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EU Taxonomy Questions & Answers

EU Taxonomy Questions & Answers

As an extension of our blog article on understanding the EU Taxonomy, we have created this one to specifically address frequently asked questions from businesses regarding the EU Taxonomy, along with commonly provided answers.

Customer: Why is the EU Taxonomy so important for companies and investors?

Blog Response: The EU Taxonomy holds immense significance for companies and investors because it provides a clear framework and classification system for identifying environmentally sustainable economic activities. In today's world, sustainability has become a top priority, and businesses need reliable tools to support their transition toward a sustainable economy and climate neutrality. The EU Taxonomy serves as one such tool by offering a frame of reference for investors and companies, guiding them toward making informed decisions regarding sustainable investments.

Moreover, the EU Taxonomy promotes transparency and protects against greenwashing practices, ensuring that companies' claims of sustainability align with defined criteria. This not only fosters trust between businesses and investors but also accelerates the financing of sustainable projects and activities that are crucial for the transition to a greener future.

Customer: How does the EU Taxonomy support companies in their transition towards sustainability?

Blog Response: The EU Taxonomy plays a crucial role in supporting companies on their sustainability journey in several ways. Firstly, it helps businesses plan and finance their transition by providing a clear set of criteria and performance indicators. By aligning with the taxonomy's guidelines, companies can assess their economic activities and identify areas where they can make a substantial contribution to environmental objectives while minimizing harm to other objectives.

Additionally, the EU Taxonomy creates a level playing field for companies by establishing sustainability as a component of risk management. This encourages businesses to integrate sustainable practices into their operations and supply chains, which not only reduces environmental impact but also enhances their long-term resilience and competitiveness.

Customer: How does the EU Taxonomy prevent greenwashing?

Blog Response: Greenwashing, the practice of making false or misleading claims about the environmental benefits of a product or service, is a pressing concern in the sustainability landscape. The EU Taxonomy addresses this issue by setting clear and stringent criteria that economic activities must meet to qualify as environmentally sustainable.

The regulations ensure transparency and accountability by requiring companies to disclose their alignment with the EU Taxonomy and comply with the specified criteria. Investors and stakeholders can rely on this information to verify the sustainability claims made by companies, minimizing the risk of greenwashing. This fosters trust in the market and promotes genuine sustainability efforts, creating a more sustainable and responsible business ecosystem.

Customer: How will the EU Taxonomy impact reporting obligations for companies?

Blog Response: The EU Taxonomy brings about significant changes in reporting obligations for companies, particularly for those falling under the scope of the Corporate Sustainability Reporting Directive (CSRD). These companies are required to report the extent to which their activities align with the EU Taxonomy and comply with the criteria set in the Taxonomy delegated acts.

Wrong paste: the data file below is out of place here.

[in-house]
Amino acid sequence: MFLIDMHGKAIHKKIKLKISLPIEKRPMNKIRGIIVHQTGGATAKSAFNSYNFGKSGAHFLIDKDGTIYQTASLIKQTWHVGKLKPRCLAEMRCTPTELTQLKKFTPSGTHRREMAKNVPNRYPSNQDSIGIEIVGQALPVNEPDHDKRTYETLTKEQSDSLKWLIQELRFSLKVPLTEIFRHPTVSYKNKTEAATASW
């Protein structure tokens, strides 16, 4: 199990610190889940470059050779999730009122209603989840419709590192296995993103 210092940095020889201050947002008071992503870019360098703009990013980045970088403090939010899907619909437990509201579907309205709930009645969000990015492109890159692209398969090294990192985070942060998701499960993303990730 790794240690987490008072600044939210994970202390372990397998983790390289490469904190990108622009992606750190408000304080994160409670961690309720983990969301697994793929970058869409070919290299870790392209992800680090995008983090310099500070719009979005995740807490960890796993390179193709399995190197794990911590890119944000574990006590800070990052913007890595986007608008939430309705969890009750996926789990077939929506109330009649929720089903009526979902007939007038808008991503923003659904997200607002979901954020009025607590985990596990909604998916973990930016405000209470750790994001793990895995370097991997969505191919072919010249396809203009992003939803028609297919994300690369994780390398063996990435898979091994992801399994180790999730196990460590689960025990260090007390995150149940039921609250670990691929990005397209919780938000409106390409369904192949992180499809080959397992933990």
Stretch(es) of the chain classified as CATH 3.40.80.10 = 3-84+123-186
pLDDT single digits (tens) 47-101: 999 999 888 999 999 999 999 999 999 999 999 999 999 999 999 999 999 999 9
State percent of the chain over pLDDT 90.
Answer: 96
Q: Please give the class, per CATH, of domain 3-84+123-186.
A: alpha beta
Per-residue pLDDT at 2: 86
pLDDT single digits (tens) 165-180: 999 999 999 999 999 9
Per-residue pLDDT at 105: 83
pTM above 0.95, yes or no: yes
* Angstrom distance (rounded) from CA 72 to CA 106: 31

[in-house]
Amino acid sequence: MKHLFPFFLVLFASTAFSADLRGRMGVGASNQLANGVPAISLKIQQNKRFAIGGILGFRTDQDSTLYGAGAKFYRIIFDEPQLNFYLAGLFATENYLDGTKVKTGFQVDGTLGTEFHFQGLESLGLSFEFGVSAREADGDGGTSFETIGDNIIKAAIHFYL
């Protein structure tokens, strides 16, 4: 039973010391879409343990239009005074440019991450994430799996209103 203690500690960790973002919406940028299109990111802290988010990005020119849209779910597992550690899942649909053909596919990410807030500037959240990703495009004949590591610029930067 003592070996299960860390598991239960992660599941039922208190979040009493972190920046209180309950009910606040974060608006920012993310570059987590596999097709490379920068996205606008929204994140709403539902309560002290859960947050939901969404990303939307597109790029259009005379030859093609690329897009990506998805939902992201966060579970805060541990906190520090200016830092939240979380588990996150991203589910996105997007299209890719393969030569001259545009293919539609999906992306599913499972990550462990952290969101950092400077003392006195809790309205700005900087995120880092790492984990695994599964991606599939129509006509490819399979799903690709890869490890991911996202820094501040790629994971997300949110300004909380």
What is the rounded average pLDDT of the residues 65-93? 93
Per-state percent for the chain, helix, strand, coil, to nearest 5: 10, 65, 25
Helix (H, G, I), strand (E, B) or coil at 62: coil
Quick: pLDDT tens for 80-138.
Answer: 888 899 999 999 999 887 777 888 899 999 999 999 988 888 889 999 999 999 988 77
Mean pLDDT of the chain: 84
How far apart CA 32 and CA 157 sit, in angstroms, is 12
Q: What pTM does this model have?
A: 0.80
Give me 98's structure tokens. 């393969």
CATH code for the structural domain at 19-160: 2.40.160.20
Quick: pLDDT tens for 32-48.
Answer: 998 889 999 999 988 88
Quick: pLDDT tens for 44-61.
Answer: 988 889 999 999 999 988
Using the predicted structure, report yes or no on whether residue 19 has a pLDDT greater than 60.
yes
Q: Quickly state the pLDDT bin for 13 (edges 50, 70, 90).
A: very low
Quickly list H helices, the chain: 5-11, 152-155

The introduction of the Disclosures Delegated Act supplements Article 8 of the Taxonomy Regulation, outlining the specific reporting requirements and timelines for undertakings. This includes disclosing the EU taxonomy-compliant share of turnover, capital expenditure (CapEx), and operating expenses (OpEx) aligned with the EU Taxonomy.

For companies outside the scope of CSRD, disclosure of this information is voluntary but can provide access to sustainable financing and demonstrate a commitment to sustainability. These reporting obligations promote transparency, facilitate comparison across companies, and encourage businesses to integrate sustainability considerations into their reporting practices.

Customer: How can companies ensure they comply with the EU Taxonomy?

Blog Response: To comply with the EU Taxonomy, companies must carefully assess their economic activities and evaluate how they contribute to the environmental objectives defined by the taxonomy. This assessment should consider the technical screening criteria outlined in the Taxonomy delegated acts, which provide specific guidelines for determining whether an activity is environmentally sustainable.

Companies can seek professional guidance from sustainability consultants, engage with industry experts, or collaborate with specialized organizations to navigate the complexities of the EU Taxonomy. By conducting thorough assessments, aligning their activities with the taxonomy's requirements, and accurately reporting their compliance, companies can ensure they are on the right track toward sustainability and benefit from the advantages associated with the EU Taxonomy framework.

Remember, complying with the EU Taxonomy is not just about meeting regulatory obligations; it is an opportunity for companies to demonstrate their commitment to sustainability, gain investor trust, and contribute to a greener future for all.